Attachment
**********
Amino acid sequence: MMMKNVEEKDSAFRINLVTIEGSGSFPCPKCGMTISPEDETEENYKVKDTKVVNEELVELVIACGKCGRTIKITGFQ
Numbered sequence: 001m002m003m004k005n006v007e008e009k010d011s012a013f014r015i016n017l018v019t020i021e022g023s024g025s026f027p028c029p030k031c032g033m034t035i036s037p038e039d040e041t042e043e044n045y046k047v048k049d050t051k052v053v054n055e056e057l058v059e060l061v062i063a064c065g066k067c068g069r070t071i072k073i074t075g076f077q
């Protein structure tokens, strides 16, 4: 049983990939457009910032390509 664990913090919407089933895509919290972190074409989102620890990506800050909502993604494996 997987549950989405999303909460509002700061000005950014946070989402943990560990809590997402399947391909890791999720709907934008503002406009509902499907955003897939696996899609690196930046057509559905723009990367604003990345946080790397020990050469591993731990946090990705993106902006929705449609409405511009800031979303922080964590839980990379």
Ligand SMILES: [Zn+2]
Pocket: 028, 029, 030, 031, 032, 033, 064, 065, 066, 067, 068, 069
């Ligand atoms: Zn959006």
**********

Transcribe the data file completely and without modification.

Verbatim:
Amino acid sequence: MMMKNVEEKDSAFRINLVTIEGSGSFPCPKCGMTISPEDETEENYKVKDTKVVNEELVELVIACGKCGRTIKITGFQ
Numbered sequence: 001m002m003m004k005n006v007e008e009k010d011s012a013f014r015i016n017l018v019t020i021e022g023s024g025s026f027p028c029p030k031c032g033m034t035i036s037p038e039d040e041t042e043e044n045y046k047v048k049d050t051k052v053v054n055e056e057l058v059e060l061v062i063a064c065g066k067c068g069r070t071i072k073i074t075g076f077q
């Protein structure tokens, strides 16, 4: 049983990939457009910032390509 664990913090919407089933895509919290972190074409989102620890990506800050909502993604494996 997987549950989405999303909460509002700061000005950014946070989402943990560990809590997402399947391909890791999720709907934008503002406009509902499907955003897939696996899609690196930046057509559905723009990367604003990345946080790397020990050469591993731990946090990705993106902006929705449609409405511009800031979303922080964590839980990379």
Ligand SMILES: [Zn+2]
Pocket: 028, 029, 030, 031, 032, 033, 064, 065, 066, 067, 068, 069
């Ligand atoms: Zn959006």